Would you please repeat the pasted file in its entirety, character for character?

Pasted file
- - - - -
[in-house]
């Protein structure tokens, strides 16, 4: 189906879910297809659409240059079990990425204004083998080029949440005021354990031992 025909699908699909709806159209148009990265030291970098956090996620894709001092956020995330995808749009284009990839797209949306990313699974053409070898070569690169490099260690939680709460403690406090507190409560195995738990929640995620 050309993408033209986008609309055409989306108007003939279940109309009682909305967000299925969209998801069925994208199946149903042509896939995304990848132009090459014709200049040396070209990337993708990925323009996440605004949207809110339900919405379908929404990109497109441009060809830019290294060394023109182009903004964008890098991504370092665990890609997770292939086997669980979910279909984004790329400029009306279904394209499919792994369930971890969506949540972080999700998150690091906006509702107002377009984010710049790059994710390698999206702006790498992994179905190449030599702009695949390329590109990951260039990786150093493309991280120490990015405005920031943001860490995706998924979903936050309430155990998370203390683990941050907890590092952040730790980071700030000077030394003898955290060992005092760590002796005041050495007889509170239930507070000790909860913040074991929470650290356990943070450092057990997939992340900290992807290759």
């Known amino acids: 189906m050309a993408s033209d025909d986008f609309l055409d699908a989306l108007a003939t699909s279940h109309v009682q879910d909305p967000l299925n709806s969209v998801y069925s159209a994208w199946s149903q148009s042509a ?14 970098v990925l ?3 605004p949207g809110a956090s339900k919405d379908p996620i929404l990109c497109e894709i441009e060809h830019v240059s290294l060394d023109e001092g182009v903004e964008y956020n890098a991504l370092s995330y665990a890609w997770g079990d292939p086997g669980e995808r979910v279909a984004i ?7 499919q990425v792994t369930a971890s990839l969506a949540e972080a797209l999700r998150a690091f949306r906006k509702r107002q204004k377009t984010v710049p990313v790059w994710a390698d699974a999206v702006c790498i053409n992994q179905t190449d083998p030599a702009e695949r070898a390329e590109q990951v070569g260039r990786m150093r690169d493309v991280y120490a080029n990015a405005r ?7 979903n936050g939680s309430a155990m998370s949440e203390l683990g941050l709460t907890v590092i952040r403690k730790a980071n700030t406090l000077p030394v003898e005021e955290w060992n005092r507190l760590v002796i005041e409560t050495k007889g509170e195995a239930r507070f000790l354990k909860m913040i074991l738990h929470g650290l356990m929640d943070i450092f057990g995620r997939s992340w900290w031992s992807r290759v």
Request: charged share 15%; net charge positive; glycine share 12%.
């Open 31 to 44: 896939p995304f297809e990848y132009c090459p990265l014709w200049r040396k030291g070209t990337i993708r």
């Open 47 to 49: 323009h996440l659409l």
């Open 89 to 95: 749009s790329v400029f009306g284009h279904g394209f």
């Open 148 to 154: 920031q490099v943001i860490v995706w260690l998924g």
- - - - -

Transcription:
[in-house]
């Protein structure tokens, strides 16, 4: 189906879910297809659409240059079990990425204004083998080029949440005021354990031992 025909699908699909709806159209148009990265030291970098956090996620894709001092956020995330995808749009284009990839797209949306990313699974053409070898070569690169490099260690939680709460403690406090507190409560195995738990929640995620 050309993408033209986008609309055409989306108007003939279940109309009682909305967000299925969209998801069925994208199946149903042509896939995304990848132009090459014709200049040396070209990337993708990925323009996440605004949207809110339900919405379908929404990109497109441009060809830019290294060394023109182009903004964008890098991504370092665990890609997770292939086997669980979910279909984004790329400029009306279904394209499919792994369930971890969506949540972080999700998150690091906006509702107002377009984010710049790059994710390698999206702006790498992994179905190449030599702009695949390329590109990951260039990786150093493309991280120490990015405005920031943001860490995706998924979903936050309430155990998370203390683990941050907890590092952040730790980071700030000077030394003898955290060992005092760590002796005041050495007889509170239930507070000790909860913040074991929470650290356990943070450092057990997939992340900290992807290759």
């Known amino acids: 189906m050309a993408s033209d025909d986008f609309l055409d699908a989306l108007a003939t699909s279940h109309v009682q879910d909305p967000l299925n709806s969209v998801y069925s159209a994208w199946s149903q148009s042509a ?14 970098v990925l ?3 605004p949207g809110a956090s339900k919405d379908p996620i929404l990109c497109e894709i441009e060809h830019v240059s290294l060394d023109e001092g182009v903004e964008y956020n890098a991504l370092s995330y665990a890609w997770g079990d292939p086997g669980e995808r979910v279909a984004i ?7 499919q990425v792994t369930a971890s990839l969506a949540e972080a797209l999700r998150a690091f949306r906006k509702r107002q204004k377009t984010v710049p990313v790059w994710a390698d699974a999206v702006c790498i053409n992994q179905t190449d083998p030599a702009e695949r070898a390329e590109q990951v070569g260039r990786m150093r690169d493309v991280y120490a080029n990015a405005r ?7 979903n936050g939680s309430a155990m998370s949440e203390l683990g941050l709460t907890v590092i952040r403690k730790a980071n700030t406090l000077p030394v003898e005021e955290w060992n005092r507190l760590v002796i005041e409560t050495k007889g509170e195995a239930r507070f000790l354990k909860m913040i074991l738990h929470g650290l356990m929640d943070i450092f057990g995620r997939s992340w900290w031992s992807r290759v």
Request: charged share 15%; net charge positive; glycine share 12%.
């Open 31 to 44: 896939p995304f297809e990848y132009c090459p990265l014709w200049r040396k030291g070209t990337i993708r």
């Open 47 to 49: 323009h996440l659409l």
């Open 89 to 95: 749009s790329v400029f009306g284009h279904g394209f």
């Open 148 to 154: 920031q490099v943001i860490v995706w260690l998924g």